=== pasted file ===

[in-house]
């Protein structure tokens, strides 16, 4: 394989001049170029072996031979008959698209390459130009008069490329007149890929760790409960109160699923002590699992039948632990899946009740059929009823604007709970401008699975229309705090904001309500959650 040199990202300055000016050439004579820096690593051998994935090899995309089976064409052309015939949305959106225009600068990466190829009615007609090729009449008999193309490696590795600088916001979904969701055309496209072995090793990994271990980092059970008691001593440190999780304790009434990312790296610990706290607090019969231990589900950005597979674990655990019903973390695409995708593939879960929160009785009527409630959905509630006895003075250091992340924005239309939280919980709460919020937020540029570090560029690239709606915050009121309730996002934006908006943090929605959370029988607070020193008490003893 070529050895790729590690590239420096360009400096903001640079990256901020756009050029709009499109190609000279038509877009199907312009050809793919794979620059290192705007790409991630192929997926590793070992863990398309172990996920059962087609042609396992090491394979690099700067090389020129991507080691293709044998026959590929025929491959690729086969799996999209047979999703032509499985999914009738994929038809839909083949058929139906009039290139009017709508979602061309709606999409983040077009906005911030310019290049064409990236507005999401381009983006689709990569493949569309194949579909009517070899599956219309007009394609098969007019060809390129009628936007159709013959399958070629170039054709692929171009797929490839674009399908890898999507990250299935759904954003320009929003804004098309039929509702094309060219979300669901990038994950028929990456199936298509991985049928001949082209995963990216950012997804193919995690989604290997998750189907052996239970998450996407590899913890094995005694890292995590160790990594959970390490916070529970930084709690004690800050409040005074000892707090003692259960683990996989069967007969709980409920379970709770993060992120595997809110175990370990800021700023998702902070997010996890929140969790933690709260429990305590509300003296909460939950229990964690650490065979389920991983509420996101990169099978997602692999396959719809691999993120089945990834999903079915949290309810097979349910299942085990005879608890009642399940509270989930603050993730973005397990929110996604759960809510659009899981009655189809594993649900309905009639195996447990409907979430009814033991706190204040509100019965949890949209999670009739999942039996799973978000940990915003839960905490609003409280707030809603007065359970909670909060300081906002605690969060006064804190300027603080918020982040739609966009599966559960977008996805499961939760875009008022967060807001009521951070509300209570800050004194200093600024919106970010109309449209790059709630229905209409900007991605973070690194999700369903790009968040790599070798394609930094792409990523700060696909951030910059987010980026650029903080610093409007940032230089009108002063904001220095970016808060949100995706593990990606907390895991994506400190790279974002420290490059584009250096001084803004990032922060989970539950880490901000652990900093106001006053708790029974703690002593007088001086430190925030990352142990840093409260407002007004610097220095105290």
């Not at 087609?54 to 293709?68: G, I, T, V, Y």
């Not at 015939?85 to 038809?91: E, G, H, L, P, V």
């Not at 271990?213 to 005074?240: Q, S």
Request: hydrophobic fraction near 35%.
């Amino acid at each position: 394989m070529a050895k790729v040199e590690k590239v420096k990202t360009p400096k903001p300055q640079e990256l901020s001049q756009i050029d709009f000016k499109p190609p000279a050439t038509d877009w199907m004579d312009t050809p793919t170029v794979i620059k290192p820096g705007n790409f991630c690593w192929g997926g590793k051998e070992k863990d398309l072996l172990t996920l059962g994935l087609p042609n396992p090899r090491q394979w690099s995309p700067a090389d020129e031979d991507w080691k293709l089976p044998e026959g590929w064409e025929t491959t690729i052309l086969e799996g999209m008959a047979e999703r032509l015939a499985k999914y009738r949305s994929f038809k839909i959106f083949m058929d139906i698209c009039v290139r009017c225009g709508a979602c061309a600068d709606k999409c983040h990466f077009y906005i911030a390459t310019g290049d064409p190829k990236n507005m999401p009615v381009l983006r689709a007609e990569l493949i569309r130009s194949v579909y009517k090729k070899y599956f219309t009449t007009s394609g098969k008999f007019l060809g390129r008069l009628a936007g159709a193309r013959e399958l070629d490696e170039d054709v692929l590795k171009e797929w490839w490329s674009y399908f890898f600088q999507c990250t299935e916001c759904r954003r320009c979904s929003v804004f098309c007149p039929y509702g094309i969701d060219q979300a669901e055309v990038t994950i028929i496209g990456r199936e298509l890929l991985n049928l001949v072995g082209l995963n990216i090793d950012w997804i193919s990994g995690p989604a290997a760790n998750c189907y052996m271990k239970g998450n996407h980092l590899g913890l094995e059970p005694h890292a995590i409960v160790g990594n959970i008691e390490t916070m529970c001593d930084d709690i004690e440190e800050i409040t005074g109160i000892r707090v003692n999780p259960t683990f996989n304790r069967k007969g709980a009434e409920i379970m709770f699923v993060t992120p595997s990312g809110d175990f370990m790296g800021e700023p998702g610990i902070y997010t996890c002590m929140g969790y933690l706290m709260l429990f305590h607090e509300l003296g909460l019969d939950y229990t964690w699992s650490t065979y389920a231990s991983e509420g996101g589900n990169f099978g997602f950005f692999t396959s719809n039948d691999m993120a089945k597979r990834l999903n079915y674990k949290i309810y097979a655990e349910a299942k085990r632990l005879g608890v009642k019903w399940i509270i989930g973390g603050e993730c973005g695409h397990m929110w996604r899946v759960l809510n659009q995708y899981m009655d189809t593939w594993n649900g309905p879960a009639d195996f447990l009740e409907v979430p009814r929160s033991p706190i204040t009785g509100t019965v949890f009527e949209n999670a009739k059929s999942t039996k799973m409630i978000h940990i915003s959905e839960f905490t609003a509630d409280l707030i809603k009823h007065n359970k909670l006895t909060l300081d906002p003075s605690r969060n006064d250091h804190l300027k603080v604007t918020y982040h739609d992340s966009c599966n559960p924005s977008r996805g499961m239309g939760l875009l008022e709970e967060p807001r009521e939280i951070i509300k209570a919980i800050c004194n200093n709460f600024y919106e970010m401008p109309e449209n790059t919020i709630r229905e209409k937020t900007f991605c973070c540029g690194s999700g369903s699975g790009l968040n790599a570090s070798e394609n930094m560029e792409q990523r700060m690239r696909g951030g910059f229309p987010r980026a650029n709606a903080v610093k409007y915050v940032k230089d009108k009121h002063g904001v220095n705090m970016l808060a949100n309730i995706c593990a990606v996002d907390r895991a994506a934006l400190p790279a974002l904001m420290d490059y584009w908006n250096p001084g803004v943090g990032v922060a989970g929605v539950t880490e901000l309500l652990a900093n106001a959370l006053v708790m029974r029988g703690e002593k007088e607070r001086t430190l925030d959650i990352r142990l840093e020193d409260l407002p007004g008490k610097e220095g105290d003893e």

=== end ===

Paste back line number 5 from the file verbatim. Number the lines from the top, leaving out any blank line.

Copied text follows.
């Not at 271990?213 to 005074?240: Q, S």